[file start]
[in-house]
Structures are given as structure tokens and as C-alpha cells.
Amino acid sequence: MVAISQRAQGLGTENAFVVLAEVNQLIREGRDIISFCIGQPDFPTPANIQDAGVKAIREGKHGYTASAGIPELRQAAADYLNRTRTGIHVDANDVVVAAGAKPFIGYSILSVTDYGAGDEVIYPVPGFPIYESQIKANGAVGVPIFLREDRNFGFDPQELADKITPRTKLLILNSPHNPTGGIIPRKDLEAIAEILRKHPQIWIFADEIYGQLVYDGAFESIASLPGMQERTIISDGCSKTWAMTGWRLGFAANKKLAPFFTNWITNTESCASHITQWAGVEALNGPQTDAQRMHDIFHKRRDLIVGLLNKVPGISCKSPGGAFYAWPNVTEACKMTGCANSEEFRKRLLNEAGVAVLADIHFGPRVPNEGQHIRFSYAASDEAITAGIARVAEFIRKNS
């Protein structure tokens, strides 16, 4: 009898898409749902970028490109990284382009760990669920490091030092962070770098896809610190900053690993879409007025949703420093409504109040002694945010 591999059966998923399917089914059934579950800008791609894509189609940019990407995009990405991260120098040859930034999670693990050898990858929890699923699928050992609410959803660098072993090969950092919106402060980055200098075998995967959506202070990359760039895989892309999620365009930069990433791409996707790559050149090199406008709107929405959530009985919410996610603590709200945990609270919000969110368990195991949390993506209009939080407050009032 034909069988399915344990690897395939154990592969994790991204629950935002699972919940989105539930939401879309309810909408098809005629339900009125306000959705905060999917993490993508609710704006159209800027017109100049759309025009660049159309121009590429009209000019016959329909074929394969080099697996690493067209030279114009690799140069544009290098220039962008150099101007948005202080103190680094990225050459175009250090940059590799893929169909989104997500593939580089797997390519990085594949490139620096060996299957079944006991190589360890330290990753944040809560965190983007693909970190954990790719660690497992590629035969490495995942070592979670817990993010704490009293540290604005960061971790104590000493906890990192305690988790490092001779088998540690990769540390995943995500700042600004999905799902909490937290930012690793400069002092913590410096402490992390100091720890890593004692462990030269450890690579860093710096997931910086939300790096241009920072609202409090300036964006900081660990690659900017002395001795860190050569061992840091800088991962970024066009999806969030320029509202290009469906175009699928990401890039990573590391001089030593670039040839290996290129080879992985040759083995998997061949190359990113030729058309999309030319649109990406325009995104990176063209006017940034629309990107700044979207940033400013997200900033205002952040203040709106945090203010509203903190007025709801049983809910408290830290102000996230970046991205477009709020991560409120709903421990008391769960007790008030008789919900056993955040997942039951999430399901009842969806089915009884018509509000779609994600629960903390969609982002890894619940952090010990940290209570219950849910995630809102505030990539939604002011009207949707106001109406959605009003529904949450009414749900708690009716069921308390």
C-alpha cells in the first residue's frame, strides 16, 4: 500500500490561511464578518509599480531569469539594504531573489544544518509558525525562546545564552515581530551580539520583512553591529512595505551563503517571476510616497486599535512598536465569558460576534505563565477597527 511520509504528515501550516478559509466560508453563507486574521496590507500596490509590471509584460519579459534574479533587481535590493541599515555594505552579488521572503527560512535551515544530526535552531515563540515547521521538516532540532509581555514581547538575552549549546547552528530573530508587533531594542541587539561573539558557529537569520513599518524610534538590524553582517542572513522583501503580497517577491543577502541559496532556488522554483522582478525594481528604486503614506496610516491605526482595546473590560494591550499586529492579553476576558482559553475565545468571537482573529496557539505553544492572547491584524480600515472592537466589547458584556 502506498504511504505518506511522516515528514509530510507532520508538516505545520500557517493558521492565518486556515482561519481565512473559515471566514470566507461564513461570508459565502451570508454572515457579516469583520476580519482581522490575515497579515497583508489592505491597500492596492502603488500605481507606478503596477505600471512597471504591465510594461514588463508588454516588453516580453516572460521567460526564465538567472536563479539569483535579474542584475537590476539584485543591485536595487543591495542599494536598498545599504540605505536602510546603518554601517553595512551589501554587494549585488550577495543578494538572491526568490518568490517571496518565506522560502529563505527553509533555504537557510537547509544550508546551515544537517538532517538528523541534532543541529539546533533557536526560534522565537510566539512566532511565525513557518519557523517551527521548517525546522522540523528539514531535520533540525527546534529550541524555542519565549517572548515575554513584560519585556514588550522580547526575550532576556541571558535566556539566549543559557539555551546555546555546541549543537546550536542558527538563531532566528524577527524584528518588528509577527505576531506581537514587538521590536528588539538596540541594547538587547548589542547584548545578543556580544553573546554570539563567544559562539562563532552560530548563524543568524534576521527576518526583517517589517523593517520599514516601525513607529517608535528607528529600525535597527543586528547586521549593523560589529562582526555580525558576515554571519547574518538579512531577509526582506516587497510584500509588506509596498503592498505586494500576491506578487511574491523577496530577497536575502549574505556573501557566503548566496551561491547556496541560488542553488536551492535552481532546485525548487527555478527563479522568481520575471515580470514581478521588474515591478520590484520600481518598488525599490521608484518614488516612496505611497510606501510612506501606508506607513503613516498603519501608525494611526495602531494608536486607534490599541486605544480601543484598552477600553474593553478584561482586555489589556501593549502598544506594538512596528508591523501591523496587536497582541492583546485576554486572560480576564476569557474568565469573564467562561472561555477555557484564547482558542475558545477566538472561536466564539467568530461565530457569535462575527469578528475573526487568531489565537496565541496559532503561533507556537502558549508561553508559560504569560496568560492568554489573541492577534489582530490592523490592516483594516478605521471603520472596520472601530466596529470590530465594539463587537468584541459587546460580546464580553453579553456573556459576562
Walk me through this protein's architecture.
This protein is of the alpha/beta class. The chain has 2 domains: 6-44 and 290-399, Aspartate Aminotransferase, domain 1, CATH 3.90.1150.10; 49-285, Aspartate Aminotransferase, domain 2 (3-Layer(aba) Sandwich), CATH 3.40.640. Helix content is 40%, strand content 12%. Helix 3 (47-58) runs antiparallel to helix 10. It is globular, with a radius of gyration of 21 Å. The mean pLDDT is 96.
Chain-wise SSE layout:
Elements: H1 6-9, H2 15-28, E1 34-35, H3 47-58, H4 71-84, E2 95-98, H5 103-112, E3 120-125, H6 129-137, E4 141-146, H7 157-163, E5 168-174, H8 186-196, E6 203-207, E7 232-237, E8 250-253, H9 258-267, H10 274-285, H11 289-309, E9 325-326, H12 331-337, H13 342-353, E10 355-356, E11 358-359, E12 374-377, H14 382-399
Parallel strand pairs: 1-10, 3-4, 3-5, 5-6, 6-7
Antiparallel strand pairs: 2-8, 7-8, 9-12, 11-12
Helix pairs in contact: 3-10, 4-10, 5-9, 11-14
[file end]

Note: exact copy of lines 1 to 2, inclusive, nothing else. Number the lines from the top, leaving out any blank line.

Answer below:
[in-house]
Structures are given as structure tokens and as C-alpha cells.